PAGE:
The travel section of today’s New York Times features an article on the not so well known emirates and is entitled, ‘Sheikdoms with Less Glitter can still Sparkle’.
The writer seeks to inform American readers that the UAE is more than Abu Dhabi and Dubai as he features holiday possibilities in the other emirates of Ras al Khaimah, Umm al Qaywayn, Ajman, Sharjah and Fujairah. This necessary emphasis is timely and to be commended.
The first paragraph on Sharjah is bound to get the average American tourist looking elsewhere—“the most conservative emirate… completely dry…no liquor… no smoking of sheeshas and strict dress codes for women.” (It does go on to mention some of Sharjah’s very good attractions but most readers will have skipped to the next emirate).
Ajman, with some qualifications, is likened to “a 1950s California beach town and has the reputation for being “the wildest emirate with its nickname being ‘Arabian boozer.’” I wonder how many Americans will be attracted by this tourist hook?
Fujairah is presented as “a relaxed, idyllic alternative to the hustle and bustle” of the western coast, with “rich, natural splendor.” Highlighted in the article are the Hajar Mountains and the hotels on the al-Aqah beach with their excursions to the Musandam Peninsula.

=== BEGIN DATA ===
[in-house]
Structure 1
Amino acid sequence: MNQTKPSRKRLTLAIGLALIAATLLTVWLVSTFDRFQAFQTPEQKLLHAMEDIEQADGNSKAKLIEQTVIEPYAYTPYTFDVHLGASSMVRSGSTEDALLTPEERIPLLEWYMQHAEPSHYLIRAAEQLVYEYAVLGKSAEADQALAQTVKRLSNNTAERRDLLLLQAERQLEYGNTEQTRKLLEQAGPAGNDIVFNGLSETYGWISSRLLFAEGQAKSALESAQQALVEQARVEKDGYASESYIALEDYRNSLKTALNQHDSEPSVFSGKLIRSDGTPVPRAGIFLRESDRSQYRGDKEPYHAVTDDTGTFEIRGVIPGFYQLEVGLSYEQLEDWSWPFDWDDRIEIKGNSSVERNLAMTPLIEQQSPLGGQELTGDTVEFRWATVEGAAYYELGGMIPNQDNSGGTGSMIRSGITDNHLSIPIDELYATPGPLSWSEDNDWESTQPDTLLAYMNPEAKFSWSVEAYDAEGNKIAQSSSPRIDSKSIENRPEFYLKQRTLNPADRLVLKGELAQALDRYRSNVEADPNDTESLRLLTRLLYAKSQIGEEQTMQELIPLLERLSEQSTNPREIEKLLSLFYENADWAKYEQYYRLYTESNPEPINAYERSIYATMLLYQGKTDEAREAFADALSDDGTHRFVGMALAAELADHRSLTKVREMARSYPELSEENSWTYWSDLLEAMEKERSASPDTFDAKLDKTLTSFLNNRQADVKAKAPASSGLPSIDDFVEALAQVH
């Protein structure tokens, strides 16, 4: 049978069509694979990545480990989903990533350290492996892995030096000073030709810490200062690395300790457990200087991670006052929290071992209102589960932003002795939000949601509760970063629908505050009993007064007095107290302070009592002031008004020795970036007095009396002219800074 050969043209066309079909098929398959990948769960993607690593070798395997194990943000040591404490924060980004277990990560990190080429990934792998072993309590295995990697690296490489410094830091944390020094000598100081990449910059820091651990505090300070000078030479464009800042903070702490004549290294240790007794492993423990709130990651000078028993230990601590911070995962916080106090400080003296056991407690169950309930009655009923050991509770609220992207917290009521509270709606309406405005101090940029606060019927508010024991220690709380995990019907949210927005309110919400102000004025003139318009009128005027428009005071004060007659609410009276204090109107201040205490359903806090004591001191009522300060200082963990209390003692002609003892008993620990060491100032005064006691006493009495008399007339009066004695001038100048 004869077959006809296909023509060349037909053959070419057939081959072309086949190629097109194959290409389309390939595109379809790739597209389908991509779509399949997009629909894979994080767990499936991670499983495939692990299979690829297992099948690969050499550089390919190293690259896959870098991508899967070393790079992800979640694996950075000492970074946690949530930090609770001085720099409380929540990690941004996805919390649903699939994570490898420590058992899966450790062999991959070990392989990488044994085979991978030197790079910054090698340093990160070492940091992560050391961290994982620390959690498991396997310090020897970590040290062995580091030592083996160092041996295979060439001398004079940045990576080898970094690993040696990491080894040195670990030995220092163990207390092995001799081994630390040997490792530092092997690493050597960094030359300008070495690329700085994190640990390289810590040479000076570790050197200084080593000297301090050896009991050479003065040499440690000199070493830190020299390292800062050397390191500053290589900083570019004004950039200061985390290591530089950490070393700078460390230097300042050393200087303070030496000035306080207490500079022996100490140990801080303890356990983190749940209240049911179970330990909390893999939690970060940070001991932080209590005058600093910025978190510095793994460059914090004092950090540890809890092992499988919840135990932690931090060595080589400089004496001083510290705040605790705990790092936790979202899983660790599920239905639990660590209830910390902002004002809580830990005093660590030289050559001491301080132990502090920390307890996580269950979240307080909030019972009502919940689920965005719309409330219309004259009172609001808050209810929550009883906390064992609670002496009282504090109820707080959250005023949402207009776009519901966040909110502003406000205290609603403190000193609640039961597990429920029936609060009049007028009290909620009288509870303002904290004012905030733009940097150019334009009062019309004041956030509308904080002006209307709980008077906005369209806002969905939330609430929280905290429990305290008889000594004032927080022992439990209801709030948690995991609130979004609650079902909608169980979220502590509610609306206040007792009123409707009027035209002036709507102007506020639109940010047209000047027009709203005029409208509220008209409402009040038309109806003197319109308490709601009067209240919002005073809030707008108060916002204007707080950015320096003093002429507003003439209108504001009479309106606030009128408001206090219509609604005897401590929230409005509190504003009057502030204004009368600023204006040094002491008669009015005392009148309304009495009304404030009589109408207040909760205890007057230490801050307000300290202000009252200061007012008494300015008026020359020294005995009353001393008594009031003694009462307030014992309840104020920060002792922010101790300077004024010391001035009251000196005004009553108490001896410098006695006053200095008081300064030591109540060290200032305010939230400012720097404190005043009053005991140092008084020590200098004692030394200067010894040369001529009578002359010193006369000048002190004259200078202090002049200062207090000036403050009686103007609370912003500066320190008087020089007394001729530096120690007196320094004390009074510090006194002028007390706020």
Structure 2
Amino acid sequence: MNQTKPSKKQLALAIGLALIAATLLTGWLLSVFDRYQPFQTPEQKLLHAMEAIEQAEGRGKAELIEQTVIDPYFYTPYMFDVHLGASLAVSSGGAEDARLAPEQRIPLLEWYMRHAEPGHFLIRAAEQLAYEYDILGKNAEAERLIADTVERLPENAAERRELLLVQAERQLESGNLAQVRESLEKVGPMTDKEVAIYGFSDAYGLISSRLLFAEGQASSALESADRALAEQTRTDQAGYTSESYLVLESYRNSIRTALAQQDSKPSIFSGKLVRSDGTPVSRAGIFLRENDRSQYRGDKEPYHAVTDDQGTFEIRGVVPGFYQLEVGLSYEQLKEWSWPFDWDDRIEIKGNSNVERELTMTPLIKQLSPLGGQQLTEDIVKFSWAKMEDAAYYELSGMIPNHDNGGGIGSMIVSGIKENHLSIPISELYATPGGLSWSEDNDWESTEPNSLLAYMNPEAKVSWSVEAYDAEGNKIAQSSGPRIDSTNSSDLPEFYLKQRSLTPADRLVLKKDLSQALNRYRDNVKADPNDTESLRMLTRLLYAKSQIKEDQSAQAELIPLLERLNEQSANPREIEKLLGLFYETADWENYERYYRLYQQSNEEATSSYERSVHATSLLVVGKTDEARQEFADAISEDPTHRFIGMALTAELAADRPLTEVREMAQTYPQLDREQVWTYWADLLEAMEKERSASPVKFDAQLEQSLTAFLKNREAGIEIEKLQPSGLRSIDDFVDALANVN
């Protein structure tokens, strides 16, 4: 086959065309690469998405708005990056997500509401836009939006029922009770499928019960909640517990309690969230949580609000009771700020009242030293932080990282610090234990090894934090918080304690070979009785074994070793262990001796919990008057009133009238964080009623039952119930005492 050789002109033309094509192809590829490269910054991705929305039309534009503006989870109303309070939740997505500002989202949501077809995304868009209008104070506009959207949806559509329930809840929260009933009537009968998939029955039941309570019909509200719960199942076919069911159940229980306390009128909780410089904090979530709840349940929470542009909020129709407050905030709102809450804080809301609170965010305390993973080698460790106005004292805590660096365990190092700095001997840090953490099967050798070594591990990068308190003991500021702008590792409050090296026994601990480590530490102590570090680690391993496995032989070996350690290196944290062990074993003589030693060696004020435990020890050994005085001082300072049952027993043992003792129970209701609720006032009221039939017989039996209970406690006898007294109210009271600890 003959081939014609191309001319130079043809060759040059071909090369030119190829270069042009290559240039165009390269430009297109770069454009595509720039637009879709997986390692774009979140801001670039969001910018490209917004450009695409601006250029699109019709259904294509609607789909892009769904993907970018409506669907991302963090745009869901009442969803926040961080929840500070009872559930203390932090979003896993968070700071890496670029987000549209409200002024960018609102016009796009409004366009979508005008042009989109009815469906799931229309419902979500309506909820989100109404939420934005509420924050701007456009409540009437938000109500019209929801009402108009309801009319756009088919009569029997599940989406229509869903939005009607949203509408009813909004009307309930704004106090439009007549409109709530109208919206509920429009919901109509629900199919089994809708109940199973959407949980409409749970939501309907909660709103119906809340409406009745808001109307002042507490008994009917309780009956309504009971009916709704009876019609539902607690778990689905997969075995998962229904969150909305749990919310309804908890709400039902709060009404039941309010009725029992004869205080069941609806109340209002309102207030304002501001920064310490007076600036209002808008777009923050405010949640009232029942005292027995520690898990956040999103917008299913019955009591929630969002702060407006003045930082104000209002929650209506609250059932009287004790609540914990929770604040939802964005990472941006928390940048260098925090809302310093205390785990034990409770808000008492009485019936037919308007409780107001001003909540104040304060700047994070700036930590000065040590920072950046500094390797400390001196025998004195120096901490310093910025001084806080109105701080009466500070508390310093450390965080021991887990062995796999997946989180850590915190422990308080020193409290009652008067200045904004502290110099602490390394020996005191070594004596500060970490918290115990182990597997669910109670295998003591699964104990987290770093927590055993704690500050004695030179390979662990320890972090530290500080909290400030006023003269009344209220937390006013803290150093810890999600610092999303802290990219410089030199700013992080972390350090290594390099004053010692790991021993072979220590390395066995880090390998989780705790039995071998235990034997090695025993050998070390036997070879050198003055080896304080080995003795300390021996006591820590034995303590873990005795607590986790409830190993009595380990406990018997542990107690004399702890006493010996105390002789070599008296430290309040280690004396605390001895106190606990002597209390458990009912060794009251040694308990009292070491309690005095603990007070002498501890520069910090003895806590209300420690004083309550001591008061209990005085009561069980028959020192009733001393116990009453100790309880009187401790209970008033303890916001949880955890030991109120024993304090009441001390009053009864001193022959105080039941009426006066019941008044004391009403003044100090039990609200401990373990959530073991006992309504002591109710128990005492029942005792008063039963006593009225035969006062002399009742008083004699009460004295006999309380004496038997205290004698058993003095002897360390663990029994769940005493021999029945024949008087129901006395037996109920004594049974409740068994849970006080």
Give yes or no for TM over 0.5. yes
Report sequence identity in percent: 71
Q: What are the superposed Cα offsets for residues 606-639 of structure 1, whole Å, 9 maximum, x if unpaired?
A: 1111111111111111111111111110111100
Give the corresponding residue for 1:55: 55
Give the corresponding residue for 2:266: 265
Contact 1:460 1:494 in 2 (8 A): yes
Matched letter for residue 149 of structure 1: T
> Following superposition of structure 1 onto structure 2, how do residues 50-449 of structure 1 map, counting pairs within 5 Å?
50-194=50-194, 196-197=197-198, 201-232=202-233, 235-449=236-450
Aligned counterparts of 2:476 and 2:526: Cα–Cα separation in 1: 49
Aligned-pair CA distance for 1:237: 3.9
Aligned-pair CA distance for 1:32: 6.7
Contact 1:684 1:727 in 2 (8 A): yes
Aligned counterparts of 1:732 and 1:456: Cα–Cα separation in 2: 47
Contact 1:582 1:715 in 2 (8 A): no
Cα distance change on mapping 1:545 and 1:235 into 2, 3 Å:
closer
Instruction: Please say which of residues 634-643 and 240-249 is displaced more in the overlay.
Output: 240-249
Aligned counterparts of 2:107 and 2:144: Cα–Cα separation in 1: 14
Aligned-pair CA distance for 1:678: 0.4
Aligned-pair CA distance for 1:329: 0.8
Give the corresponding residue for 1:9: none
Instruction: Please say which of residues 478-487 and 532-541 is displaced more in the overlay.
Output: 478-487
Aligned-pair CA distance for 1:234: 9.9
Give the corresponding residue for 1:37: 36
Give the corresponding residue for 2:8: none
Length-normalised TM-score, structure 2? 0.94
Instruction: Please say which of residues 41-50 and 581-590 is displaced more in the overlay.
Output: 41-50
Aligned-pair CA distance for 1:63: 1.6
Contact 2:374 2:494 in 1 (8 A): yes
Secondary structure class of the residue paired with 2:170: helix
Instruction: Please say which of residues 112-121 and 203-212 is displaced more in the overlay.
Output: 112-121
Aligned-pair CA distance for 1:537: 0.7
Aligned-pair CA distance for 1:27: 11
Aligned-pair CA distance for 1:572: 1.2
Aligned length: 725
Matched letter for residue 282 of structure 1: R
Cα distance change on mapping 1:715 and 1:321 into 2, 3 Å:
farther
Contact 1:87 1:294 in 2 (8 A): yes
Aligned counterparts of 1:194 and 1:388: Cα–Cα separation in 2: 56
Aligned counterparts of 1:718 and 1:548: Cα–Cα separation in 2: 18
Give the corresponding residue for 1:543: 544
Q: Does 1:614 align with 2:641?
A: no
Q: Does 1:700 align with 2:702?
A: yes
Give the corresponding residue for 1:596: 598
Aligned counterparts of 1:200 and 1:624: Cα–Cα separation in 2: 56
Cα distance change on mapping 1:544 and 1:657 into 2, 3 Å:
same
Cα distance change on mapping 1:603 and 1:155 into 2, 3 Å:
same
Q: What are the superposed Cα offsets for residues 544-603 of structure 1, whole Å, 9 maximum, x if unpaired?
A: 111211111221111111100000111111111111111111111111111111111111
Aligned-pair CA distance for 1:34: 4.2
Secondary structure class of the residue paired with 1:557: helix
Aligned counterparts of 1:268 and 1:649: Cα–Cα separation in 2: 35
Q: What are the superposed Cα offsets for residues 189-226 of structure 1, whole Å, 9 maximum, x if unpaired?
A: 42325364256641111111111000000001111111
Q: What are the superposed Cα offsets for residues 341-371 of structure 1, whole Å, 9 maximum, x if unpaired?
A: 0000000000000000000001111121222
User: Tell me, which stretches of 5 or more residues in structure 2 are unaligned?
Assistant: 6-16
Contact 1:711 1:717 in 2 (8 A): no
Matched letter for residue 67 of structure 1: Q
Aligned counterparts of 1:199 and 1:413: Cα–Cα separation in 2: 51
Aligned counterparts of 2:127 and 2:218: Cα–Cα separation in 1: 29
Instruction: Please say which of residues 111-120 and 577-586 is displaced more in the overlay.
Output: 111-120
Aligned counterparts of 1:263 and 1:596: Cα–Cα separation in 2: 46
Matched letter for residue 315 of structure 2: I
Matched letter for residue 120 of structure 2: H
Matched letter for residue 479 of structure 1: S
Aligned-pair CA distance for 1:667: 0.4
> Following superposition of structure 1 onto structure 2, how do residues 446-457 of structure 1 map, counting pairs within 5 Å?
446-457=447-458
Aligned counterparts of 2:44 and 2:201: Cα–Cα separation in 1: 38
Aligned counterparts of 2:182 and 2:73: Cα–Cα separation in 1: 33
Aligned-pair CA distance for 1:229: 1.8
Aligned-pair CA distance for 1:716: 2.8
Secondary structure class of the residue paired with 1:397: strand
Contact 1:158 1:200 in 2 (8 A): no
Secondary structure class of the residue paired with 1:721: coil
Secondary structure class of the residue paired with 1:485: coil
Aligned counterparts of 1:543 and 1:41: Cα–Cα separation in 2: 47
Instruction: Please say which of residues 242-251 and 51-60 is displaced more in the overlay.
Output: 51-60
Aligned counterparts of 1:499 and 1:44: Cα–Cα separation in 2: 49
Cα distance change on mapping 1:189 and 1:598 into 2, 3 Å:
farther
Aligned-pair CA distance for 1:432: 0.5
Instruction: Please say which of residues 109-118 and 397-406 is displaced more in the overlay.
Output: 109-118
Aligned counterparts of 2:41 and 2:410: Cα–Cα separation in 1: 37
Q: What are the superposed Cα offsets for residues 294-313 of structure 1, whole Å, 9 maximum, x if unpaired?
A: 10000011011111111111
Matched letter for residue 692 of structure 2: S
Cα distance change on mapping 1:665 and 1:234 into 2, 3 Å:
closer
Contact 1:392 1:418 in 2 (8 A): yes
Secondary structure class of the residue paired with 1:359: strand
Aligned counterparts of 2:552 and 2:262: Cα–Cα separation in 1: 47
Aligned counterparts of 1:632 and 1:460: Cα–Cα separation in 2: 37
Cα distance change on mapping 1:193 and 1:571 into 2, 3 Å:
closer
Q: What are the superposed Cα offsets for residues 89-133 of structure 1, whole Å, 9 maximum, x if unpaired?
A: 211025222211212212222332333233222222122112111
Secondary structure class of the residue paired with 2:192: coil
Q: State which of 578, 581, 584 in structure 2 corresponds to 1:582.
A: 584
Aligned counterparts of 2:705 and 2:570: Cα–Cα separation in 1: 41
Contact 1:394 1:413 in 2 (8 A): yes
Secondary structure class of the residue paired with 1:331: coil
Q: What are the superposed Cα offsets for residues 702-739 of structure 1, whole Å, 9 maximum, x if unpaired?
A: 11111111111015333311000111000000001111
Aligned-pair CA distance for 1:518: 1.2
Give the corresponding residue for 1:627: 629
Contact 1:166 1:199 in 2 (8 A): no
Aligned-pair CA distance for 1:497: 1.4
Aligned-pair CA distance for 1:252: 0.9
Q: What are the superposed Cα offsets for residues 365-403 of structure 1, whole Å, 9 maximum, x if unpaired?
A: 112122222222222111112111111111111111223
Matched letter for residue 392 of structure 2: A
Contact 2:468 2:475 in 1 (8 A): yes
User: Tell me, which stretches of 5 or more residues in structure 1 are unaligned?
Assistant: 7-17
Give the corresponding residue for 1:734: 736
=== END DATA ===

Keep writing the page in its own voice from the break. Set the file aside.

You will need to read the whole article to be the judge but I think it is disappointing to read the descriptions of this country by travel writers who seem to have hopped from one international hotel to another, jotting down notes by the side of the pool.
The challenge for those in the travel business in the UAE is to be able to highlight the Emirati cultural attractions (even in the smaller states) that people cannot experience in other places, whether they be things that educate the mind, relax the body or challenge one’s cultural convictions.
To read the whole story, check out this link:
Austin Considine, ‘Sheikdoms with less glitter can still Sparkle’, New York Times, 14 October 2007.
Image: Some glimpses of UAE’s east coast.
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